Italian nonprofit organizations: Mango and the two women helping Paraguay

In 2015 Mango, one of the Italian nonprofit organizations which is dedicated to increasing literacy in the Third World, celebrated its 10th anniversary and a few months ago was officially recognized at the Hotel Flora in Rome by the Paraguayan Minister of Economy, Maria Epifania Gonzalez. In these years, the work of the most successful Italian nonprofit, has helped to reduce the illiteracy rate of Paraguay from 78 to 22%.

It is a great result, the president Stefania Querini told us with emotion when we met on the occasion of the public recognition. Our commitment has moved the Government of Paraguay to support us through institutional funds.

“We didn’t think we would find so much poverty and ignorance” says Stefania remembering how it all started.

An illiteracy at 78%, in an unchanged and underdeveloped country. Thinking of that trip, those lost looks of resignation and hopelessness still come to my mind. And the thing that prompted me to do something was to find out that children were the most affected. They slept in roofless huts, when not under the trees as it was often the case.

Stefania and Anna, just like many other friends, took to heart with extreme seriousness the volunteering works carried out by the many Italian nonprofit organizations. So much so, that in 2005 they decided to take a trip, and following the advice from Anna, who had already visited and had been affected by the situation, they decided precisely for Paraguay.

Along the path that led them to come across places and situations where poverty and illiteracy were the most obvious problem, they met the redemptorist missionary sisters. During those days they had the chance to discuss the situation with sister Ermana Fabiola Camacho the head of the mission and with Don Attilio Cardioli, another missionary who at the time coordinated the Italian missions in Paraguay. Once they returned to Italy, Stefania and Anna, who were then joined by Marisa and Gioia, got down to work immediately and in a short time they founded a nonprofit.

The first thing I ask Stefania is how the name of this association was chosen to make it stand out among the Italian nonprofit organizations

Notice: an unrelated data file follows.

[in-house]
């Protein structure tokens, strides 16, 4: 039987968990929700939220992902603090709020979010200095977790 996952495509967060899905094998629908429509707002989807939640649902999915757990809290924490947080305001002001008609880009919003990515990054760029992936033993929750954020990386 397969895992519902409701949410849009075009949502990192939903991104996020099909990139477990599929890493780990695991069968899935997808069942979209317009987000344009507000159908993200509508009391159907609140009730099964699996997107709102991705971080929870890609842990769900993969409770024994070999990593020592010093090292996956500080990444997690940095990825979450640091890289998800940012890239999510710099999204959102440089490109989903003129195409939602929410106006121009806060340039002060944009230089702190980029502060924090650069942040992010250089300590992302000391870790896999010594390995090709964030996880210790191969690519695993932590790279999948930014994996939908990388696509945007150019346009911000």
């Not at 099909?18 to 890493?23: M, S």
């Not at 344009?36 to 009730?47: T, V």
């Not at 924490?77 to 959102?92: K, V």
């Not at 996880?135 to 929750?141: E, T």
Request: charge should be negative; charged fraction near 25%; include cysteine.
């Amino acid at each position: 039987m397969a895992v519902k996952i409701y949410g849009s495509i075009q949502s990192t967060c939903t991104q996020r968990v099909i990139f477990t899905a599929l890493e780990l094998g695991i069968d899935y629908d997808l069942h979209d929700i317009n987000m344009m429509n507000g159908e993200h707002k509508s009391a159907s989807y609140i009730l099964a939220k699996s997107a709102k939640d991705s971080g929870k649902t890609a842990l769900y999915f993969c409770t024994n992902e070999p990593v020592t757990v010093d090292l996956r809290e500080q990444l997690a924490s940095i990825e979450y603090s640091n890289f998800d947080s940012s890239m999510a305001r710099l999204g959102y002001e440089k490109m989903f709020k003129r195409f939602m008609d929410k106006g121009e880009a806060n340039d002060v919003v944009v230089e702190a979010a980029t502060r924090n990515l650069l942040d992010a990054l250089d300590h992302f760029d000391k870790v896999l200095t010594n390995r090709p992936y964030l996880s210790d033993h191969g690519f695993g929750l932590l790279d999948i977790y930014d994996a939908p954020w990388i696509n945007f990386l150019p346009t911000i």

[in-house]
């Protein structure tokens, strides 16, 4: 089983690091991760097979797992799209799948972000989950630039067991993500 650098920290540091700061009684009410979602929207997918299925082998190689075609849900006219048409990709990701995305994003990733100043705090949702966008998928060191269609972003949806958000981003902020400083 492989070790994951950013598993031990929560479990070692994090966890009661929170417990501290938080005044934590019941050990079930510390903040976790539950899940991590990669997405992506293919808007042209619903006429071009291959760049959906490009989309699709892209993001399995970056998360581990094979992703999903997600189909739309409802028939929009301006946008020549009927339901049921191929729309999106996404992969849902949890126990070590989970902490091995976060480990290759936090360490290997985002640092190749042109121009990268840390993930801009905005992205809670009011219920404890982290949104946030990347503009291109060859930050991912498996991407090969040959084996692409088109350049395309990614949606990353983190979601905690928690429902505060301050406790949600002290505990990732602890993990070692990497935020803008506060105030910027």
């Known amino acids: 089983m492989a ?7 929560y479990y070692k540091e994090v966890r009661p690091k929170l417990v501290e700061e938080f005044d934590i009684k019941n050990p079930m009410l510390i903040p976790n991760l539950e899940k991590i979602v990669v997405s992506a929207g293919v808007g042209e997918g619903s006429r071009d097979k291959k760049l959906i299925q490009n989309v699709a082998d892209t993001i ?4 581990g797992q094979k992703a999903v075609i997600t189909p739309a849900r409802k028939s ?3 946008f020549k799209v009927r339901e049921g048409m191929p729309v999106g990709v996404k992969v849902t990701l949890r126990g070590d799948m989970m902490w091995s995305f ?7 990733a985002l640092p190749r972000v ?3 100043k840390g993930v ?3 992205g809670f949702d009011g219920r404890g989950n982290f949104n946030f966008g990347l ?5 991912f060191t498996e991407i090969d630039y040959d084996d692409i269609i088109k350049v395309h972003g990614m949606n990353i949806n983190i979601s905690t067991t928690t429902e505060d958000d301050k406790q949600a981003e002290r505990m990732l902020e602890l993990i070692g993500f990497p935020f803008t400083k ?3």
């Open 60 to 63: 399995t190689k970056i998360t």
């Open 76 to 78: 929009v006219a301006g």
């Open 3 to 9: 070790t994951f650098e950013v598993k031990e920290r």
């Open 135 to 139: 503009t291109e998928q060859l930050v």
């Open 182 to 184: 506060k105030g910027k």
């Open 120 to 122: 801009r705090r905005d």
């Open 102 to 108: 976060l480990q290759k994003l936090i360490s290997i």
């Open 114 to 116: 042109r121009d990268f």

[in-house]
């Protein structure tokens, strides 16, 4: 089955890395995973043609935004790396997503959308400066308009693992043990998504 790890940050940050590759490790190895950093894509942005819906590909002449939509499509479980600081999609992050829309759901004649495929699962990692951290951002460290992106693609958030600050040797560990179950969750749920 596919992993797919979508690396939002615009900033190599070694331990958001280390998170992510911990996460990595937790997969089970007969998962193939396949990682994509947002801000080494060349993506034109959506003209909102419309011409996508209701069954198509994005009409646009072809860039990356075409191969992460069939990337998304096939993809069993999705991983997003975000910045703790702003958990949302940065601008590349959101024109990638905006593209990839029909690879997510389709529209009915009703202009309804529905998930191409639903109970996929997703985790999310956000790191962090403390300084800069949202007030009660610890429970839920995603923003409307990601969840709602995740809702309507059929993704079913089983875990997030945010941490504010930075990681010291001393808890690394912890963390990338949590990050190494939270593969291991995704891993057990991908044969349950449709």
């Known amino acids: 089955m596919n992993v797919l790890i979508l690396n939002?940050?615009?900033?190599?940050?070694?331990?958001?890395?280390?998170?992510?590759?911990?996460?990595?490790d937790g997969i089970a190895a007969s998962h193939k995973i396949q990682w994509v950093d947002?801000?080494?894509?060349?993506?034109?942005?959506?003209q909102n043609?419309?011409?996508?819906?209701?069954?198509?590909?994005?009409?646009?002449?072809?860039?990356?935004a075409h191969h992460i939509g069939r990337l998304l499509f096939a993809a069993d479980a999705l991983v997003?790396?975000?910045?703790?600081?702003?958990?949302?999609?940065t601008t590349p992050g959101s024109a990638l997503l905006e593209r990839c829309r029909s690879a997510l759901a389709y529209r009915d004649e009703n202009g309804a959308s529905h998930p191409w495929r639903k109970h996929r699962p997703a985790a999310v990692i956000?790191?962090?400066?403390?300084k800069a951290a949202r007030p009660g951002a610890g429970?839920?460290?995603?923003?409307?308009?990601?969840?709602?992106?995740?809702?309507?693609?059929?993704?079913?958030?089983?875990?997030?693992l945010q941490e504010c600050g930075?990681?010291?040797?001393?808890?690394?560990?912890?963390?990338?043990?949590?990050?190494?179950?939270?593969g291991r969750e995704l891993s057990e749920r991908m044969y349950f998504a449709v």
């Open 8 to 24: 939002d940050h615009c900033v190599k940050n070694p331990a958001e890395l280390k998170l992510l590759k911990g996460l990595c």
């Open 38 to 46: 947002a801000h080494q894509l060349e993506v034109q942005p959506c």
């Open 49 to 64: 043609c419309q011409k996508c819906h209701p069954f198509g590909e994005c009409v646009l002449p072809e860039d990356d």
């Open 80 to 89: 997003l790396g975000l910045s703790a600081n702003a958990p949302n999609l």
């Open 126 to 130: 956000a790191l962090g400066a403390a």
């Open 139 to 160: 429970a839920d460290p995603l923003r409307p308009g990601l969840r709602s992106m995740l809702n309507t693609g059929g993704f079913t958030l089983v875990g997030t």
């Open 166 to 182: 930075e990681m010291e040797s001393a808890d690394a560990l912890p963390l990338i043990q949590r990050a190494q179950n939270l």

Stefania explains, that the name comes precisely from the plant, which is the main source of nourishment of the poor population. And additionally because the mango plant is a low tree with large foliage and is also a refuge and shelter for those who do not have a roof.


Tell us about the path taken by Mango among the Italian nonprofit’s in these years

The first project we dedicated ourselves to was schooling. I pursued it through long distance adoption, the proceeds of which would provide, apart from food and clothing, also schooling for the adopted children. Convinced, as we were and still are, that the worst misery of a people is ignorance. Thanks to the many applications, in less than two years we reached a thousand adoptions. Applications that fortunately continued to grow because of the many events organized also with the participation of people from the world of entertainment, football associations, athletes, and many, many friends. So we rolled our sleeves up again and decided to return to Paraguay, to choose a place to build homes to accommodate not only children, but also families. Today we have thirty six.

After that?

And then in 2009 we took on the project “La Villa del Sol”. A village in the locality of Karapeguà at 100 km from the capital Assunciòn, which could also serve as a group home, where poor families with children and orphaned children could grow up together in a family atmosphere made of intimacy and warmth. The village included ten houses. After only ten years, our group homes that have joined those of the Italian nonprofit organizations dedicated to children have become two with twenty-three orphaned children. In recent years, the children who in the meantime have grown up, apart from receiving an education, have been empowered and entrusted with projects. Today the houses are five, of which two are homes, one is used as a social service centre, another is used for learning trades, and the fifth is a nursery. Inside Villa del Sol there is also a farm where the children can cultivate the garden and take care of their animals. So that the entire community can be self-sufficient and well managed.

The results talk for themselves, but what about the future for Mango?

In Mango’s future there are other projects that are already taking shape. The Mamon Project and the Arte Project. The Mamon Project, dedicated to children with disabilities, is an initiative in support of families of disabled children – which joins the other Italian nonprofit’s with the same goal – to teach them to take care of their children in the most appropriate way, giving them psychological aids and tools. There are already 48 assisted children. As for the Arte project we have started to collect and send musical instruments. A Paraguayan musician is teaching our children to play, bringing them closer to music. Art is also nourishment for the soul.

Stefania is convinced that from a well-sown field good fruits are always reaped. We wish Mango a very long life and many great harvests.

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